On Juneteeth, my employer ServiceNow encouraged employees to learn more about the holiday and racism in America. With that research time and many hours of contemplation, I came up with the fodder for this blog — which feels a little like a confession — something potential allies are being asked to do. So here goes:
I have been an advocate for people with disabilities for a long time because my older brother was born with brain damage that limited some of his cognitive capabilities. In the old days, he was described as “mentally retarded.”
When my daughter was a toddler, she passed the Deaf Test (do not say failed the hearing test!), and immediately I became an advocate for her and soon after an ally to the Deaf community.
I’ve also been a long-time ally for Gay community causes having spent the majority of my life doing and seeing Theatre as a student, actor, and playwright. I’m straight but since high school, I’ve always had close Gay friends and coworkers.
Becoming a Black community ally should’ve come naturally
So becoming an ally to the Black community should have come naturally to me, especially because I have biracial male relatives — a first cousin named Rodney and a nephew named Beau. Unfortunately, it hasn’t been the case.
I don’t think I was a racist, but I wasn’t an antiracist either — which I learned recently, means I was sure as hell enabling racism. Damn! That sucks to know I was/am part of the problem. I mean I identify as a liberal and a progressive. I backed up those labels with my support in donations to and activism with left-leaning causes like food banks, Planned Parenthood, and common-sense gun law advocacy groups.
But though I often thought about it, I have never given money or support to the Southern Poverty Law Center or any other race equality-focused advocacy organization.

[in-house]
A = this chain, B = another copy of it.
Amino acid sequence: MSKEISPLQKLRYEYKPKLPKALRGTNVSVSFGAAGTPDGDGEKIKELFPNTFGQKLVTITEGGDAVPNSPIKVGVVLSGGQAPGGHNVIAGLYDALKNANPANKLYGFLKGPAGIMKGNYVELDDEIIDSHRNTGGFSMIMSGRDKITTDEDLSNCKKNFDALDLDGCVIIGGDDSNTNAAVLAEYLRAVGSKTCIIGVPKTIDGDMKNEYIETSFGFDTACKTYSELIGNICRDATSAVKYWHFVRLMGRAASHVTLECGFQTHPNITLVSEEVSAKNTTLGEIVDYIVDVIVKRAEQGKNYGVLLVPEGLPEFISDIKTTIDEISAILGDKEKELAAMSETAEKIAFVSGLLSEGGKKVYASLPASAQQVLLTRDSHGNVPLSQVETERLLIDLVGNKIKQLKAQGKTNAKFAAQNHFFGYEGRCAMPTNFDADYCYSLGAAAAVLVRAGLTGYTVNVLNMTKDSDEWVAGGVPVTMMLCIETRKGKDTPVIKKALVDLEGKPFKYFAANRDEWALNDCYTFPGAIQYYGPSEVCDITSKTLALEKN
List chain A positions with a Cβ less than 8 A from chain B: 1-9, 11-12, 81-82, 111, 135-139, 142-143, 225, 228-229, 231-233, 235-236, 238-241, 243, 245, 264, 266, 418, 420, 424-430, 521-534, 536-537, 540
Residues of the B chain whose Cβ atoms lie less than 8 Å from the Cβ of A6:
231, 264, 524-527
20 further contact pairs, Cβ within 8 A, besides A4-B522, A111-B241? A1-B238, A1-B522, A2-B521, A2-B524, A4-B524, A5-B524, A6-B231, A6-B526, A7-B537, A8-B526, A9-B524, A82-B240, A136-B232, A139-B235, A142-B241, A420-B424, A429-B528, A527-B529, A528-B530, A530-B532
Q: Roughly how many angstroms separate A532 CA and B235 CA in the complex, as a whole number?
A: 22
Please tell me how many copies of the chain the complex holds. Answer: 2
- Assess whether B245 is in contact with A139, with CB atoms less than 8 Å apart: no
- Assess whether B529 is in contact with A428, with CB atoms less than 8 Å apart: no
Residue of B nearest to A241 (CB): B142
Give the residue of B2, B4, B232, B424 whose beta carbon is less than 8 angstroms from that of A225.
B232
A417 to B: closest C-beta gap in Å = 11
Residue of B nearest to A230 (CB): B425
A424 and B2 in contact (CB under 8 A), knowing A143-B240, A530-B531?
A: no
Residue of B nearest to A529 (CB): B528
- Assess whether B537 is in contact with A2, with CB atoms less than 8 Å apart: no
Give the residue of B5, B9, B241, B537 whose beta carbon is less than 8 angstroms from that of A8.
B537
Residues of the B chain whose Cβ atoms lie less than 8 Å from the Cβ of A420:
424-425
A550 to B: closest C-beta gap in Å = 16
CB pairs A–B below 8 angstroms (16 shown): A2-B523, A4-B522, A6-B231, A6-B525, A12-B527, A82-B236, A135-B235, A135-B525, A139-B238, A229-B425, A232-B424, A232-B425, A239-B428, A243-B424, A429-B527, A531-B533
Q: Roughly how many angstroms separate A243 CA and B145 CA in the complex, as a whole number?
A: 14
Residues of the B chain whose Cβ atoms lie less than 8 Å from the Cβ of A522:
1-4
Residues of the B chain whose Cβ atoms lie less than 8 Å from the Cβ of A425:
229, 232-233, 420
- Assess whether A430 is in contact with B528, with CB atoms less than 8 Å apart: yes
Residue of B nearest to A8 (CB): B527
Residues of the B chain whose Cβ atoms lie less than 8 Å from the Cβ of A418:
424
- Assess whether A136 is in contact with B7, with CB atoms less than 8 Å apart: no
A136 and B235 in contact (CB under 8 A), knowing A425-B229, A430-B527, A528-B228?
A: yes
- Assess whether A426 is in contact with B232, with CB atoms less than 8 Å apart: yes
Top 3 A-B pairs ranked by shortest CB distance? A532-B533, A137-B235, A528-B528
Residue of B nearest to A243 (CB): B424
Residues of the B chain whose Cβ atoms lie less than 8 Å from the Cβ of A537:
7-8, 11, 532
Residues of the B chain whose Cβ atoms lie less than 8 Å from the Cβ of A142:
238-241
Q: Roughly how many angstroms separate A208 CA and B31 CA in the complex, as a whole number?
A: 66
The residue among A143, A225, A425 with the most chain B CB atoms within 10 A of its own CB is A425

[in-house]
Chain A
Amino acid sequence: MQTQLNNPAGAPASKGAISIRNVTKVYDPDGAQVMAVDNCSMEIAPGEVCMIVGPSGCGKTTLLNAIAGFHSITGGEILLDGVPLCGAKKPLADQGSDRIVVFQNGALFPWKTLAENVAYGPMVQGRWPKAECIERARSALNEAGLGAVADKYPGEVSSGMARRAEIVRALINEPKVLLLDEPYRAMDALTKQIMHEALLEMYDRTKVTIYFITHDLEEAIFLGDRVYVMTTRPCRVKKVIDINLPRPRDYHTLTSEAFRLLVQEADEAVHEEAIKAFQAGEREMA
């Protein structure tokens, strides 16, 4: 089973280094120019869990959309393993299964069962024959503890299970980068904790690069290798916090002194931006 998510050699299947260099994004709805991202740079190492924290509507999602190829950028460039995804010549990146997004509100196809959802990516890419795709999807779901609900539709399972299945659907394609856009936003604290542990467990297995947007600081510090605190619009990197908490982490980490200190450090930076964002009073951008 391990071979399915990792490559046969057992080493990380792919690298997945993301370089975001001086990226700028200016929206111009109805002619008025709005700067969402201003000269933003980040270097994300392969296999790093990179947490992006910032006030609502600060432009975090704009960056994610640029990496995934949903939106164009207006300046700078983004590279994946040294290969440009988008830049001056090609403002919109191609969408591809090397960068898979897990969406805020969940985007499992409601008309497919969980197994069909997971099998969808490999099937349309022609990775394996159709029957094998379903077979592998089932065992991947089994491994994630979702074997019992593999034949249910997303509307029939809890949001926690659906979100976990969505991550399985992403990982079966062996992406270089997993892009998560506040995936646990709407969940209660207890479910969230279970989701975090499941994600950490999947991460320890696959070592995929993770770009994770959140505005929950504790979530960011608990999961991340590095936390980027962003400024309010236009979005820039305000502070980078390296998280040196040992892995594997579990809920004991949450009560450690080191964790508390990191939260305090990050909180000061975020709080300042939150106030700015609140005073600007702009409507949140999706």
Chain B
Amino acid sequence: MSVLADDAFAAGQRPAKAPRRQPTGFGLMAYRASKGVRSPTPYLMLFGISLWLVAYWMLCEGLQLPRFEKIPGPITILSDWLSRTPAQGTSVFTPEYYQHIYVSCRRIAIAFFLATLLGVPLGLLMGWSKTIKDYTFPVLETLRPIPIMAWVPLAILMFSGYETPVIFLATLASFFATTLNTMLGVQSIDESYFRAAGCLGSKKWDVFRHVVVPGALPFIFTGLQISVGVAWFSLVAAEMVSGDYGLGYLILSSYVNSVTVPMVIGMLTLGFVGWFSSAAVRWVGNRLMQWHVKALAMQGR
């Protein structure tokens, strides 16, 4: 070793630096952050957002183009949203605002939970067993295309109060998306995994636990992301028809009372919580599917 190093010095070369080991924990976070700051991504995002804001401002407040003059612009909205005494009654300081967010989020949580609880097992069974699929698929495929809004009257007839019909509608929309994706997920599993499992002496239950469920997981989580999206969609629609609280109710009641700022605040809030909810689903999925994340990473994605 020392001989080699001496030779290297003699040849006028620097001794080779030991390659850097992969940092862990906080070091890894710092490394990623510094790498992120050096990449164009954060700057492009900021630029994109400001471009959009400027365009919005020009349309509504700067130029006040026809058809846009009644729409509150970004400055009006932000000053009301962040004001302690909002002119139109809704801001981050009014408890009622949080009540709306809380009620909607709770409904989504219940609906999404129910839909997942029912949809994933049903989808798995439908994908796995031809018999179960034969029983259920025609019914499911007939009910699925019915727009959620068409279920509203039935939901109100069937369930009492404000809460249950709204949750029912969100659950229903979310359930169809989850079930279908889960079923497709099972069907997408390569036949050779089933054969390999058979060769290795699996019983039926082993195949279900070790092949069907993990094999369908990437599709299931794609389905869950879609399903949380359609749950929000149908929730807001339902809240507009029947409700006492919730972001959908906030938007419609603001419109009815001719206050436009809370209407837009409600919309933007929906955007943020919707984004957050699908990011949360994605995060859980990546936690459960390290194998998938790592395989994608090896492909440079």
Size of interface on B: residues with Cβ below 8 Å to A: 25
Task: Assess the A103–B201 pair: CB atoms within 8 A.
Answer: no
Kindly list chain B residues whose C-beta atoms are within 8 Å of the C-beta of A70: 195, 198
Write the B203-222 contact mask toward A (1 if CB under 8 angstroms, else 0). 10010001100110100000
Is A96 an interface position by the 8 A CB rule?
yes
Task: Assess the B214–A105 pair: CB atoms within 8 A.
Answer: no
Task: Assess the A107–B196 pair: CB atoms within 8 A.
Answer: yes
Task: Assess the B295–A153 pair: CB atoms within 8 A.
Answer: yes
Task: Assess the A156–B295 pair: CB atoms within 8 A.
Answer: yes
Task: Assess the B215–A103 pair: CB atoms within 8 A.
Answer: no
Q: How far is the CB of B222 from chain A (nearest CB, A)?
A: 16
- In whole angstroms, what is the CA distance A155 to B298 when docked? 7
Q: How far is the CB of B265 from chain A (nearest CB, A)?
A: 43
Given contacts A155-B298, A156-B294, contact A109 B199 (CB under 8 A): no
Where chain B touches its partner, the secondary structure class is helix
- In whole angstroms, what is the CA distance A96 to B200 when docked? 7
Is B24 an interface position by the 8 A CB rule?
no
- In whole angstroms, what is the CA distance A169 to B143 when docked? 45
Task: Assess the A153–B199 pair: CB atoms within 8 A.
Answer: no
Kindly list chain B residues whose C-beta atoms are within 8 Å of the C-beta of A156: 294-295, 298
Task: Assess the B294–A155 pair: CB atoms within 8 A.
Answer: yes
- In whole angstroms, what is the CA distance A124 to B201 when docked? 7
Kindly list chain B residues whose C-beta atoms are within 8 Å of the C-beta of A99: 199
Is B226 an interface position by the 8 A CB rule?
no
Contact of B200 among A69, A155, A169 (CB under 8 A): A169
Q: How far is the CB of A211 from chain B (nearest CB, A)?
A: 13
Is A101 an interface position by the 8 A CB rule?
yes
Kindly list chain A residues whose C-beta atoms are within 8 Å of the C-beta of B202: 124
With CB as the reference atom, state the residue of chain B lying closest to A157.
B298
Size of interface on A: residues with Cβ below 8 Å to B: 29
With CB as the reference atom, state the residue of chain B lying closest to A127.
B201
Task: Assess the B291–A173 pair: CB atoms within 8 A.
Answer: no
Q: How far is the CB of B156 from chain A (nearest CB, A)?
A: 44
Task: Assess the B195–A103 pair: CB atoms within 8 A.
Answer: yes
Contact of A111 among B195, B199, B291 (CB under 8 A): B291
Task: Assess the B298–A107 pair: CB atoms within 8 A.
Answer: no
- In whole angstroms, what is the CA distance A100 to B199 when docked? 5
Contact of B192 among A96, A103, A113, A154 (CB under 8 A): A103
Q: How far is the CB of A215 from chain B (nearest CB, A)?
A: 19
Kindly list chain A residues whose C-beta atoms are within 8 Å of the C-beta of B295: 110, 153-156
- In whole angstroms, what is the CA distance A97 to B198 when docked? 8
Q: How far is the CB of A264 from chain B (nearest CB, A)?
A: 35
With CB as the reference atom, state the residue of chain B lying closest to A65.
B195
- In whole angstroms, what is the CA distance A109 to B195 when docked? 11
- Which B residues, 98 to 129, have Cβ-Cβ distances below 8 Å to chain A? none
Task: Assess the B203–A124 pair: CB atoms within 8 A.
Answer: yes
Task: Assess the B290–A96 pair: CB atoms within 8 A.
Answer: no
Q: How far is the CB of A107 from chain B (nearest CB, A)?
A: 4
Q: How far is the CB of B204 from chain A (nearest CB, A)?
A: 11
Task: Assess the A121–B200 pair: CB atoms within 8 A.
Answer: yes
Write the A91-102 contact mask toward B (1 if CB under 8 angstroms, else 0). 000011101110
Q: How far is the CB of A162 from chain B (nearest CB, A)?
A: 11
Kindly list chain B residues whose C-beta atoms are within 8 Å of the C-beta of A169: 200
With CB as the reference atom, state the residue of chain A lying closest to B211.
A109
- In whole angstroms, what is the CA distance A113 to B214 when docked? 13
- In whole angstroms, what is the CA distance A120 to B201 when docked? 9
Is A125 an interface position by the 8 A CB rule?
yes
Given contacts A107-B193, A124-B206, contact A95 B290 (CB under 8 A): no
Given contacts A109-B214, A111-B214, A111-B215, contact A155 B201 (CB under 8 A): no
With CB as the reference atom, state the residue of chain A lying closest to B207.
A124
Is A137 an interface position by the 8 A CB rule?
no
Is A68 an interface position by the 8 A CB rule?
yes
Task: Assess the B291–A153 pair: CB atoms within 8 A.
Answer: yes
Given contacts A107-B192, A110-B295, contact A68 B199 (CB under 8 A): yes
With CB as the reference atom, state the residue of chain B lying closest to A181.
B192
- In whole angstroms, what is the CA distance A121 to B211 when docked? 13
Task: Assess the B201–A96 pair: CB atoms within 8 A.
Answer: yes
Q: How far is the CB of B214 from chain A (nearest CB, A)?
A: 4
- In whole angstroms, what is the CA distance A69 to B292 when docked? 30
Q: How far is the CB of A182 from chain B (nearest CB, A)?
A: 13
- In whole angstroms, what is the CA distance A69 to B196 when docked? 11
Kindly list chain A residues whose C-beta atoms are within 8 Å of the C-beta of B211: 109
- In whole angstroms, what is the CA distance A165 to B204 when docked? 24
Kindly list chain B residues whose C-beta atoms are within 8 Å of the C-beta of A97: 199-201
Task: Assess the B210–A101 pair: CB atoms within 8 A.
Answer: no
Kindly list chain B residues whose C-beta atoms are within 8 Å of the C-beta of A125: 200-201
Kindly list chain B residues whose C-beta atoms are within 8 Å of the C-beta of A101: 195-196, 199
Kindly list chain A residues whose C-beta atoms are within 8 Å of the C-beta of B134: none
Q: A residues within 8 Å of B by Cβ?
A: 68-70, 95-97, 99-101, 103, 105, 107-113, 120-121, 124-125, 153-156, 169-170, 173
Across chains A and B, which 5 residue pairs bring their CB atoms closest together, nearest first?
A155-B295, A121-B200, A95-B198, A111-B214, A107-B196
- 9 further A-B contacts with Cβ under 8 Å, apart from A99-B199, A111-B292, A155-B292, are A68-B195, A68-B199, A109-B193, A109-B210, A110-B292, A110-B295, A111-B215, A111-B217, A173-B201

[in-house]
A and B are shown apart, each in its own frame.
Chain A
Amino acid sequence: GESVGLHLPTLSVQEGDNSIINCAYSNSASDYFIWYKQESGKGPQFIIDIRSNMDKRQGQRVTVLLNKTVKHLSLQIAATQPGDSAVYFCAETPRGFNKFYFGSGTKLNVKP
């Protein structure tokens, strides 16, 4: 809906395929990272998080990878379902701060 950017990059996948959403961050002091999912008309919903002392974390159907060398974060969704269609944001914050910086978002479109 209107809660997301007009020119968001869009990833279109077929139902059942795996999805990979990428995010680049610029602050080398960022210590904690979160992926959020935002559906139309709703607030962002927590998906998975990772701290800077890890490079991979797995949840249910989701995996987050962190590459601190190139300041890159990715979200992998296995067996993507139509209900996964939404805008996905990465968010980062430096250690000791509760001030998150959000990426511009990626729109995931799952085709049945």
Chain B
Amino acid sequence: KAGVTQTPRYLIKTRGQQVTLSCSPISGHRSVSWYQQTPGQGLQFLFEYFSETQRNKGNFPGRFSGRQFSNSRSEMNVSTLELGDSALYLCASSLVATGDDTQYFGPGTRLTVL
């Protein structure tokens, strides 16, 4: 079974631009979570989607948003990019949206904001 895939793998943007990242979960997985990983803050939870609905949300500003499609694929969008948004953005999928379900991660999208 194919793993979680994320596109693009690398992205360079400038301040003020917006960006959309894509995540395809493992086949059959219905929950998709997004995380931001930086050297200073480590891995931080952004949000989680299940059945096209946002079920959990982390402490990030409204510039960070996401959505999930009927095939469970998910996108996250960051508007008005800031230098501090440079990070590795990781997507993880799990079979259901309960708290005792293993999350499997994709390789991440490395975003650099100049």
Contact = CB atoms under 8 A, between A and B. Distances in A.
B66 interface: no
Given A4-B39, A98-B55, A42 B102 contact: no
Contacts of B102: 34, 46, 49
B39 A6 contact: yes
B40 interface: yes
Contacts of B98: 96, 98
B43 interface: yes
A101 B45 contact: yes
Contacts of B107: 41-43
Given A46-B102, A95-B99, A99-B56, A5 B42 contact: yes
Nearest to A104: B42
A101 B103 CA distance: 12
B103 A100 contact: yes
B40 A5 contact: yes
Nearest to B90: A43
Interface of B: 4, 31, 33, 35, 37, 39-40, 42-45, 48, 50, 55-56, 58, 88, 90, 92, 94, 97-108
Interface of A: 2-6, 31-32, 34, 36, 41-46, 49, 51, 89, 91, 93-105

I’m way more racist than I realized
Sadly, I have come to realize in the past few years — thanks in no small part to diversity, inclusion, and belonging training at work — that I have unconscious and unexamined biases that make me way more racist than I want to be or ever imagined myself to be.
Looking back over my life, I had little opportunities to engage with Black people in school and college as I grew up in Southern California suburbs. However, when I began working in big city workplaces, I developed several close friendships with Black people.
I remember when my office pal Doris invited me to her house party, I was one of only a few white people in a group of 40 or 50. This was the first time I’d ever experienced being “the minority.” It was an eye-opening experience, even though it was only for an hour or two. I remember thinking, this is what it must feel like to be Black in a “white world.”
Recipe for disaster
Initially, I was quite uncomfortable with this reversal of my normal. Now, I’m thinking that this “uncomfortableness” is probably a big part of why White Americans are struggling as the country becomes more diverse — something the cretin-in-chief has divisively played upon for way too long. It’s hard to give up power and privilege, but America returning to the “good ole days” is a recipe for disaster.
So even though I was very sympathetic to the cause, I’ve had to reflect on my thoughts and actions prior to my “awakening.” What I thought about two high-profile tragedies reveals a lot about how I’ve evolved in less than a decade.
Fruitvale and Ferguson
I have to admit my reactions to Oscar Grant’s death on San Francisco’s Bay Area Rapid Transportation (BART) Fruitvale station platform on New Year’s Eve 2009 and to Michael Brown being gunned down on a Ferguson, Missouri street a few years later were not very compassionate or deeply considered.
First, the Grant homicide — I was living in Fremont (East San Francisco Bay) at the time. My recollection of the event was that Grant got into some kind of altercation on the train that led to the police being called and eventually the 22-year-old was detained face down on the platform in one of the train stops in Oakland.
Apparently, Grant wasn’t cooperating with the police officer Johannes Mehserle, who had him pinned down. The officer stood up and pulled out his gun. He then shot Grant in the back from point-blank range with a whole train of people watching and many video-recording the incident.
I bought officer ’s claim that he meant to draw his Taser and not his gun, simply based on his first words were said to be, “Oh, shit. I shot him.” He was found guilty of involuntary manslaughter in July 2010. He lost his job and served time. I thought that was a fair result.
I was not supportive of making Oscar Grant into some kind of hero. I felt the film “Fruitvale” portrayed him in a very sympathetic and unnecessary way. In my mind, he was a petty criminal and his immature actions that night led to what happened, though he certainly did not deserve to die for them.
My perspective was clouded because of my daughter’s proximity to the manslaughter